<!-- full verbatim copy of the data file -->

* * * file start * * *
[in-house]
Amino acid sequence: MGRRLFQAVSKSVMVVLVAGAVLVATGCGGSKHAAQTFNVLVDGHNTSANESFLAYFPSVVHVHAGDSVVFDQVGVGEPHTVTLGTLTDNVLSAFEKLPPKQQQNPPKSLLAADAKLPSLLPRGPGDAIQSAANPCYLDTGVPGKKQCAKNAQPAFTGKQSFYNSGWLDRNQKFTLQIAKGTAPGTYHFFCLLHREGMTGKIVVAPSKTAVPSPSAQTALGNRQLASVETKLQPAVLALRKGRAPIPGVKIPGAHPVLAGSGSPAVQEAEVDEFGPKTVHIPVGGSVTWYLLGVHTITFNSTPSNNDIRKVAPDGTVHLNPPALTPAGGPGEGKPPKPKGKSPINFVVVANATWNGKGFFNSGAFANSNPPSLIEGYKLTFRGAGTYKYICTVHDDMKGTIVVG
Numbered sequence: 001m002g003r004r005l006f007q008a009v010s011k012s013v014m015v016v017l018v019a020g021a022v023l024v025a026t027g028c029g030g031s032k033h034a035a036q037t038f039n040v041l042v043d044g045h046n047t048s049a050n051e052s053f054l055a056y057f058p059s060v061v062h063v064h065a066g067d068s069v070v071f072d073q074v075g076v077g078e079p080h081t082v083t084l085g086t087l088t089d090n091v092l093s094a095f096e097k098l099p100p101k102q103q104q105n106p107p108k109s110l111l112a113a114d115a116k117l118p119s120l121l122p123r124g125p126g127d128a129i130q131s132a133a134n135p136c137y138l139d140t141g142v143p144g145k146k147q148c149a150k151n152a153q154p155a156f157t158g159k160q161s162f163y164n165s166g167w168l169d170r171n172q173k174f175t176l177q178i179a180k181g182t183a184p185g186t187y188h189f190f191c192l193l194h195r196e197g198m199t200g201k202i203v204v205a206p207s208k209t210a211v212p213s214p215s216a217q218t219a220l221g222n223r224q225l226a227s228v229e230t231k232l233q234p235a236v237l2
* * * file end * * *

[in-house]
Amino acid sequence: MGRRLFQAVSKSVMVVLVAGAVLVATGCGGSKHAAQTFNVLVDGHNTSANESFLAYFPSVVHVHAGDSVVFDQVGVGEPHTVTLGTLTDNVLSAFEKLPPKQQQNPPKSLLAADAKLPSLLPRGPGDAIQSAANPCYLDTGVPGKKQCAKNAQPAFTGKQSFYNSGWLDRNQKFTLQIAKGTAPGTYHFFCLLHREGMTGKIVVAPSKTAVPSPSAQTALGNRQLASVETKLQPAVLALRKGRAPIPGVKIPGAHPVLAGSGSPAVQEAEVDEFGPKTVHIPVGGSVTWYLLGVHTITFNSTPSNNDIRKVAPDGTVHLNPPALTPAGGPGEGKPPKPKGKSPINFVVVANATWNGKGFFNSGAFANSNPPSLIEGYKLTFRGAGTYKYICTVHDDMKGTIVVG
Numbered sequence: 001m002g003r004r005l006f007q008a009v010s011k012s013v014m015v016v017l018v019a020g021a022v023l024v025a026t027g028c029g030g031s032k033h034a035a036q037t038f039n040v041l042v043d044g045h046n047t048s049a050n051e052s053f054l055a056y057f058p059s060v061v062h063v064h065a066g067d068s069v070v071f072d073q074v075g076v077g078e079p080h081t082v083t084l085g086t087l088t089d090n091v092l093s094a095f096e097k098l099p100p101k102q103q104q105n106p107p108k109s110l111l112a113a114d115a116k117l118p119s120l121l122p123r124g125p126g127d128a129i130q131s132a133a134n135p136c137y138l139d140t141g142v143p144g145k146k147q148c149a150k151n152a153q154p155a156f157t158g159k160q161s162f163y164n165s166g167w168l169d170r171n172q173k174f175t176l177q178i179a180k181g182t183a184p185g186t187y188h189f190f191c192l193l194h195r196e197g198m199t200g201k202i203v204v205a206p207s208k209t210a211v212p213s214p215s216a217q218t219a220l221g222n223r224q225l226a227s228v229e230t231k232l233q234p235a236v237l2